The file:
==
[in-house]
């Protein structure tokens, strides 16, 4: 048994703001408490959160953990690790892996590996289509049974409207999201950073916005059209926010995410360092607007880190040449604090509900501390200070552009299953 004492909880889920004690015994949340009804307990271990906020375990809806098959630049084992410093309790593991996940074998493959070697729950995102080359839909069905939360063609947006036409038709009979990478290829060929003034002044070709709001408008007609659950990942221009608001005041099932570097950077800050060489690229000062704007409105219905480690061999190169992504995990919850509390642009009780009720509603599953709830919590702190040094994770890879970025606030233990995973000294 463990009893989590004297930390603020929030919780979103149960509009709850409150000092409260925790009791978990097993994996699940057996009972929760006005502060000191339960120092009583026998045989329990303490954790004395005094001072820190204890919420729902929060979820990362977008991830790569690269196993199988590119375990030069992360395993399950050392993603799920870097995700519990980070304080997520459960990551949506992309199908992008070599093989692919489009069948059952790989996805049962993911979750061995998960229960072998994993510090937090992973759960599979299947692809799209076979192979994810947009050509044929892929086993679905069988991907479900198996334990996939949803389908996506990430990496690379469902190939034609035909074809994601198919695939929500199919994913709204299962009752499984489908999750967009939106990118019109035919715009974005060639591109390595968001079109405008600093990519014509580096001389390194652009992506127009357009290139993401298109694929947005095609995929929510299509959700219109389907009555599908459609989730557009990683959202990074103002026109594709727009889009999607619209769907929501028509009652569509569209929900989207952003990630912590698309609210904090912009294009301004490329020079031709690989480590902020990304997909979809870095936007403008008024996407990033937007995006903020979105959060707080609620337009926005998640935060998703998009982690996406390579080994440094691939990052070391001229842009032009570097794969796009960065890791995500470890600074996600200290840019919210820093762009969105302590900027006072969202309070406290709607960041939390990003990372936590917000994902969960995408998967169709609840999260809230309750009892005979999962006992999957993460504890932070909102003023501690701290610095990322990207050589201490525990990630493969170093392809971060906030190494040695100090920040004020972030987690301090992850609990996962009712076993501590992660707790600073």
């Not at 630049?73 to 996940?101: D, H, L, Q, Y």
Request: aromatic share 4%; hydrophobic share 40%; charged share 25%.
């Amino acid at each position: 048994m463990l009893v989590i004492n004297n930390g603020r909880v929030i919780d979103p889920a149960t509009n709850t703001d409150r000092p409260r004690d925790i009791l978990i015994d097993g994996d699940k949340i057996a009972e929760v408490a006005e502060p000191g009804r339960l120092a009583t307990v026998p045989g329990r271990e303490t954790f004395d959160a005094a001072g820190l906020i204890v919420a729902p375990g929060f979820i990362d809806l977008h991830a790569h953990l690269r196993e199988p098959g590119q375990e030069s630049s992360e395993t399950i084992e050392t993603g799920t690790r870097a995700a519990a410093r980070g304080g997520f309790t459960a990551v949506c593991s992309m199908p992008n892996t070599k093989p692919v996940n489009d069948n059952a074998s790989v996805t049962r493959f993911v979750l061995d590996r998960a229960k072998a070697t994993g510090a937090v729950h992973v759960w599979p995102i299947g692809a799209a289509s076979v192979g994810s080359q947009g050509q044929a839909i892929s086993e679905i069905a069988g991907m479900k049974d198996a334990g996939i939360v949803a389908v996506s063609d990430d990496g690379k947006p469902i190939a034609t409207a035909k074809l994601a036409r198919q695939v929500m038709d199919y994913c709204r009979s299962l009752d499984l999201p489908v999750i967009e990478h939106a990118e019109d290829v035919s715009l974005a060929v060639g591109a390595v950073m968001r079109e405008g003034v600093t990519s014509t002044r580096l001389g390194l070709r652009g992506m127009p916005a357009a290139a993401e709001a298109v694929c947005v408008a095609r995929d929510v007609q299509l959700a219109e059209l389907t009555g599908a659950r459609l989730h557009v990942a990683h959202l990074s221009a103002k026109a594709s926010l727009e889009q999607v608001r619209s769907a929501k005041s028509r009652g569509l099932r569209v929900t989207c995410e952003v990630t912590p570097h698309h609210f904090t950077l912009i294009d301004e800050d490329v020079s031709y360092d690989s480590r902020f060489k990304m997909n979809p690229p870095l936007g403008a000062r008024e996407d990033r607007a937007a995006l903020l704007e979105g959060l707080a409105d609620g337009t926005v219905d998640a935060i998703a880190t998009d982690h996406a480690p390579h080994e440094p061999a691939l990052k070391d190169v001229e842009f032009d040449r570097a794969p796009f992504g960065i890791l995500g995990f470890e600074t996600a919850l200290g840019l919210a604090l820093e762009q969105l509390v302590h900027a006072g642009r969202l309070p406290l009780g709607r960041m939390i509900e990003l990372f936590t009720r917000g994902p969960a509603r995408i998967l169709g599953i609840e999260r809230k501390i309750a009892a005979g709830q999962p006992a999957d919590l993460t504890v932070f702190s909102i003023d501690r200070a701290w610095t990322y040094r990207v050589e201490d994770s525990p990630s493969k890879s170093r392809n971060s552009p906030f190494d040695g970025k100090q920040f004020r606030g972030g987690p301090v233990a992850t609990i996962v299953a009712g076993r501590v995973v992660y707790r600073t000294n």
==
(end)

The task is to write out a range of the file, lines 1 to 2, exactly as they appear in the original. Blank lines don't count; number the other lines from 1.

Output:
[in-house]
């Protein structure tokens, strides 16, 4: 048994703001408490959160953990690790892996590996289509049974409207999201950073916005059209926010995410360092607007880190040449604090509900501390200070552009299953 004492909880889920004690015994949340009804307990271990906020375990809806098959630049084992410093309790593991996940074998493959070697729950995102080359839909069905939360063609947006036409038709009979990478290829060929003034002044070709709001408008007609659950990942221009608001005041099932570097950077800050060489690229000062704007409105219905480690061999190169992504995990919850509390642009009780009720509603599953709830919590702190040094994770890879970025606030233990995973000294 463990009893989590004297930390603020929030919780979103149960509009709850409150000092409260925790009791978990097993994996699940057996009972929760006005502060000191339960120092009583026998045989329990303490954790004395005094001072820190204890919420729902929060979820990362977008991830790569690269196993199988590119375990030069992360395993399950050392993603799920870097995700519990980070304080997520459960990551949506992309199908992008070599093989692919489009069948059952790989996805049962993911979750061995998960229960072998994993510090937090992973759960599979299947692809799209076979192979994810947009050509044929892929086993679905069988991907479900198996334990996939949803389908996506990430990496690379469902190939034609035909074809994601198919695939929500199919994913709204299962009752499984489908999750967009939106990118019109035919715009974005060639591109390595968001079109405008600093990519014509580096001389390194652009992506127009357009290139993401298109694929947005095609995929929510299509959700219109389907009555599908459609989730557009990683959202990074103002026109594709727009889009999607619209769907929501028509009652569509569209929900989207952003990630912590698309609210904090912009294009301004490329020079031709690989480590902020990304997909979809870095936007403008008024996407990033937007995006903020979105959060707080609620337009926005998640935060998703998009982690996406390579080994440094691939990052070391001229842009032009570097794969796009960065890791995500470890600074996600200290840019919210820093762009969105302590900027006072969202309070406290709607960041939390990003990372936590917000994902969960995408998967169709609840999260809230309750009892005979999962006992999957993460504890932070909102003023501690701290610095990322990207050589201490525990990630493969170093392809971060906030190494040695100090920040004020972030987690301090992850609990996962009712076993501590992660707790600073």